… The disclosure shall be made in the most expedient time possible and without unreasonable delay, consistent with the legitimate needs of law
enforcement, as provided in subdivision (c), or any measures necessary to determine the scope of the breach and restore the reasonable integrity of the data system.

But how? How does the victim of a data breach determine the scope of the breach? By going back through logs – logs that likely contain information no more specific or telling than the IP addresses that accessed the affected web-server? IP addresses that were most likely, based on the malicious intent of the activity, obscured by Tor or proxies? Audit trails whose recording facilities rely on proper methods and paths of user access, but whose invocation is never triggered when the method of access is premeditated circumvention or vulnerability exploitation? Logs that were generated by the IPS, SIEM, or DLP platforms that have demonstrated blindness to the threat, having failed to detect or prevent it in the first place? This is reality. It will not be possible to rely on your firewall’s olfactory sense to help you determine how many records were affected in a breach that occurred last month when it detected nothing out of the ordinary.

Despite the well-intentioned constant reminders that traditional security tools will inevitably fail, I am not suggesting a decrease in risk mitigation efforts. Instead, the reminders should reinforce that we can’t expect technology to save us both from our adversaries and from our own doltishness; we need more effort to get the “people” and “process” components of mitigation caught up and working with the technology, not against it. Further, we should remember that risk can be managed in other ways, too, including avoidance (“I’m afraid of having my credit card stolen, so I won’t use credit cards”), acceptance (“I will drive in the HOV lane because the fine is only $35, and it saves me six hours of commute time”) and transference (“I will pay an insurance premium so that when a bad thing happens, my insurer will cover my expense”). Typically, as an industry we eschew (often justifiably) avoidance and acceptance, spend far too much time and money on technology-as-savior mitigation, and lack awareness of transference – frequently even erroneously classifying a mitigator like a firewall as “insurance”. But as we mature, there are real forms of transference that we need to more seriously consider.

Some insurance companies, such as InsureTrust, are providing “cyber risk management” products. While the concept might seem strange for those with an appliance-centric view on security, insurance is one of most effective and common ways of managing risk in our adult lives. If it’s not obvious why I say “adult lives”, consider that the question “how will you deal with costly medical expenses?” is generally answered differently by a 10 year old (“I just won’t get sick”) than by a 40 year old (“I will select my employer based on the health insurance package they offer”).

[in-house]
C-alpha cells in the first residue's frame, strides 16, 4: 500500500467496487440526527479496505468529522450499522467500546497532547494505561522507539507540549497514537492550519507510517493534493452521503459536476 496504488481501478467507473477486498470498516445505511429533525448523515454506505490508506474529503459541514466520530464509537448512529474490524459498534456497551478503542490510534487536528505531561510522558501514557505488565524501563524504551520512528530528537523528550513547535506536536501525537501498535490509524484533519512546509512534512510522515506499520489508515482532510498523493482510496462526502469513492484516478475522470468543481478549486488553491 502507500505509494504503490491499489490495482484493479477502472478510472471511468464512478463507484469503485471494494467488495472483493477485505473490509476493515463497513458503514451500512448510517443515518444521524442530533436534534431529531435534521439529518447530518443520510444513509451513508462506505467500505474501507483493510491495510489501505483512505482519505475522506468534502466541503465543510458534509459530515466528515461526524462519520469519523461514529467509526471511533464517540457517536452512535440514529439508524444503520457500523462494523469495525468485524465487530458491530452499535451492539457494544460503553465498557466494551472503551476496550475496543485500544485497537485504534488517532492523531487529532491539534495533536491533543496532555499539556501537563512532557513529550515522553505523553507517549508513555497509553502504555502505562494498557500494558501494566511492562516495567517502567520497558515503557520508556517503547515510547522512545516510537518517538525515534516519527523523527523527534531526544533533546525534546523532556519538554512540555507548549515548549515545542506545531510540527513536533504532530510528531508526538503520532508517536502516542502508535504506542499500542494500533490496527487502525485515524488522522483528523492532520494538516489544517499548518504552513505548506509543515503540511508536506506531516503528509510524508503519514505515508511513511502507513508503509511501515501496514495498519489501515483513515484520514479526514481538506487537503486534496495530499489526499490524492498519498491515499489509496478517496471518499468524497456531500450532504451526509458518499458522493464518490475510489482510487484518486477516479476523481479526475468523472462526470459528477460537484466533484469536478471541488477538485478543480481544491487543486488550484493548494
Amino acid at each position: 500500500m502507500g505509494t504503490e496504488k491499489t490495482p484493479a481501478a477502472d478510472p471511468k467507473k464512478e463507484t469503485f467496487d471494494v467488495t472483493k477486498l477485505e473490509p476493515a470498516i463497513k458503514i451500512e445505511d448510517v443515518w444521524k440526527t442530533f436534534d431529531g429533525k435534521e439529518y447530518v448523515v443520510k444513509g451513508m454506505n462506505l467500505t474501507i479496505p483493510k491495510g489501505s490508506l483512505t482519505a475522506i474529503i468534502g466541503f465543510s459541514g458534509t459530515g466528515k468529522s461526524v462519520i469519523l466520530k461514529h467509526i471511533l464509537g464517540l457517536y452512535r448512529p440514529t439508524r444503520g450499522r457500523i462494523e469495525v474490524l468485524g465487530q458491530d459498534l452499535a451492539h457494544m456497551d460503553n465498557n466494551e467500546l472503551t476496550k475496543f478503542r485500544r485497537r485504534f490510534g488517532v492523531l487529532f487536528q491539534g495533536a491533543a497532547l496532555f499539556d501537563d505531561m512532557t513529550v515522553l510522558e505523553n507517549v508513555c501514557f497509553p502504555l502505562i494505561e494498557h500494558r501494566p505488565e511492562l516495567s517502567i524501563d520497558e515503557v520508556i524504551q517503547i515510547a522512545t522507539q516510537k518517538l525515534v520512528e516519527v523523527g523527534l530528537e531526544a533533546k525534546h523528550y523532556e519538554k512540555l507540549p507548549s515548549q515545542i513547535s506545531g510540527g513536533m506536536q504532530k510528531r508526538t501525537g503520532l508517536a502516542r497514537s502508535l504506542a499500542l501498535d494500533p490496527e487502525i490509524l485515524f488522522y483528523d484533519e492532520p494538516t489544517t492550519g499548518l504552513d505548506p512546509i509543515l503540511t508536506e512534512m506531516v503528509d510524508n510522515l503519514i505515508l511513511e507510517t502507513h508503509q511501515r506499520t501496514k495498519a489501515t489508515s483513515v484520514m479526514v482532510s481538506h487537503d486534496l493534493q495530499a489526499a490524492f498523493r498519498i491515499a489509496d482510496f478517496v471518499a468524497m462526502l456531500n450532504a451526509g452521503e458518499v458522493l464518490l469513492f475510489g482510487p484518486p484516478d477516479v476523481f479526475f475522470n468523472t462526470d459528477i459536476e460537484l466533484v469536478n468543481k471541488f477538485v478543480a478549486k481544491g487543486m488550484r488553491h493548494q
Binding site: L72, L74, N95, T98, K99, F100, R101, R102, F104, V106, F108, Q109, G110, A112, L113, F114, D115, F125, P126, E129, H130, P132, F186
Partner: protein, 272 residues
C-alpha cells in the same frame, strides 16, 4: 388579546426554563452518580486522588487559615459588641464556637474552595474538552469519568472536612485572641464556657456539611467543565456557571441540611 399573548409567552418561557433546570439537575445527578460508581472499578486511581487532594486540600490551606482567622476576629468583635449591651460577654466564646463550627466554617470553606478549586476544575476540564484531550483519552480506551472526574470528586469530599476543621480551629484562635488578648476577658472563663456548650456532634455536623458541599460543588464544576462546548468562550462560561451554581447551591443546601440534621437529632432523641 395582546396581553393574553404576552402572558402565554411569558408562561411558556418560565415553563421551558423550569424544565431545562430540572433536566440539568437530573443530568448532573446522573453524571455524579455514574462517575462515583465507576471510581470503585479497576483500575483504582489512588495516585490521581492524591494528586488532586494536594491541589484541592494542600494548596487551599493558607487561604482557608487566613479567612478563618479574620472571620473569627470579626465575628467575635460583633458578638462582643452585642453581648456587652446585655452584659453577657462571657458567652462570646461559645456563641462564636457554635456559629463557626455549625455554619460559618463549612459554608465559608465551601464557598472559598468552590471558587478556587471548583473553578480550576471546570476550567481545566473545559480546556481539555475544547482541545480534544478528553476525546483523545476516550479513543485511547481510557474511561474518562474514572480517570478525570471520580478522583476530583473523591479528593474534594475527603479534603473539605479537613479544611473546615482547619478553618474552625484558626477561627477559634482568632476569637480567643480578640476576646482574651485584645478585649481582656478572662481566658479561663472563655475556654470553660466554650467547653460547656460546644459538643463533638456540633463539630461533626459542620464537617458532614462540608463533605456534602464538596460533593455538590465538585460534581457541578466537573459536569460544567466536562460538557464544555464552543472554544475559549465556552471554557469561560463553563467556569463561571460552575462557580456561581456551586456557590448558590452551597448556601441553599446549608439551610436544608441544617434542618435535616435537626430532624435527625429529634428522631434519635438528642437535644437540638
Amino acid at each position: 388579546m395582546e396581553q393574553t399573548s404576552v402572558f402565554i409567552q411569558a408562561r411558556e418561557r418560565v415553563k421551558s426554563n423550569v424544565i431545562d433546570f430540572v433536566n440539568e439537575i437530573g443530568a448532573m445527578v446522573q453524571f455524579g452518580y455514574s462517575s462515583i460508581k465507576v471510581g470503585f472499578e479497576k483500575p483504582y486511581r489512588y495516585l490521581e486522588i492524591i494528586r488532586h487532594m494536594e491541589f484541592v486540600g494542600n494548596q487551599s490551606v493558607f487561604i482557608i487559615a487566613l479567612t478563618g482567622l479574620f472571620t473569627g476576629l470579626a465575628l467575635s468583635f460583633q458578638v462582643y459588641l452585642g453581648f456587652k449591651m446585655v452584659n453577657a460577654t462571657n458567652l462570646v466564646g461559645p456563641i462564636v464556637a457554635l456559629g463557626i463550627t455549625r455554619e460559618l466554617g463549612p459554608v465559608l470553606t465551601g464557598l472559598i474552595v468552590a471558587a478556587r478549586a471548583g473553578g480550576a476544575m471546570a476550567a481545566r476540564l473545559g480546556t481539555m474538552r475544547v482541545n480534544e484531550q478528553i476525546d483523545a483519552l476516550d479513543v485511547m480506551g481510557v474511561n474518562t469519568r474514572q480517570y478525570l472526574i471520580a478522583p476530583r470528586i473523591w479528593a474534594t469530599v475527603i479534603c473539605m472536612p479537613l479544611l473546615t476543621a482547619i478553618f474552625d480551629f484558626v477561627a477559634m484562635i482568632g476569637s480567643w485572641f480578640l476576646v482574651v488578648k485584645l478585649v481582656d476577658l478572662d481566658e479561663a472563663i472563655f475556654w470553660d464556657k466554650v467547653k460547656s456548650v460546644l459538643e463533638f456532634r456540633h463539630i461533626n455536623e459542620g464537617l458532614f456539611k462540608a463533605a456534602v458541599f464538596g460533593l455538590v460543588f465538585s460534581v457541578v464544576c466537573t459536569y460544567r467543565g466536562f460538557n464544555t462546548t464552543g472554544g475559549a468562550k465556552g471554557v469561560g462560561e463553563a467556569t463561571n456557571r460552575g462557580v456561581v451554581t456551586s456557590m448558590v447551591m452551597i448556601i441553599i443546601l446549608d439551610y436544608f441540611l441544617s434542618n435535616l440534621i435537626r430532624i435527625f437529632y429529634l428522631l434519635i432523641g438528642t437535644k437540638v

The Professional Liability Underwriting Society quotes Stephen Haase, CEO of InsureTrust who cautions that when responding to a data breach: “’One of the biggest struggles for companies is to determine the scope of the breach. So often the leadership of a company will rush to try to get out the notification on a breach,’ … However, Haase explained that making an announcement before the magnitude of the breach is clear can be a mistake. ‘You should not rush to notify. Going out too early without more of the concrete factors in place can do more harm than good.’”

This message is reiterated by the Executive Director of the Identity Theft Resource Center (“Preventing the Unpreventable: Best Practices to Minimize Exposure to Information Losses”) who says “the companies that are sued are not those that quickly disclose a breach but, rather, those that do so poorly.”

Observing trends in information security and antecedent paradigms, it’s reasonable to extrapolate that information security insurance is due to soon become more popular, first voluntarily, and later mandatorily. Initially, we should see increased adoption among a small set of business savvy IT practitioners and analysts. This will be followed by the evolution of mandates by financially interested consortia (think PCIv3), and finally at various government levels. At that point, much as we get discounts on our home and auto insurance for having smoke-alarms, fire-extinguishers, anti-lock brakes, and clean driving records, we can expect similar discounts (or conversely, increases) for every statistically material step we take to reduce (or magnify) our insurance company’s exposure.

Not to put too fine a point on it, but economics dictates that if “one of the biggest struggles for companies is to determine the scope of the breach” then most-favored insuree status should be granted not only to those with the most effective preventative measures, but also those with the most effective forensic measures.

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Comments

Pingback from Worth A Glance » On the Cybersecurity Act of 2009
Time: 2009-05-31, 01:17

[…] cybersecurity to be a factor in all bond ratings.” I’ve talked about the potential role of insurance in infosec before, so it’s good to see (1), but the foreseeable difficulty of assessing and […]

Pingback from Worth A Glance » National Breach Notification Laws
Time: 2009-11-08, 20:01

[…] a follow-up to a post from February 2009, I’m mostly happy to comment on the recent progress that’s been made […]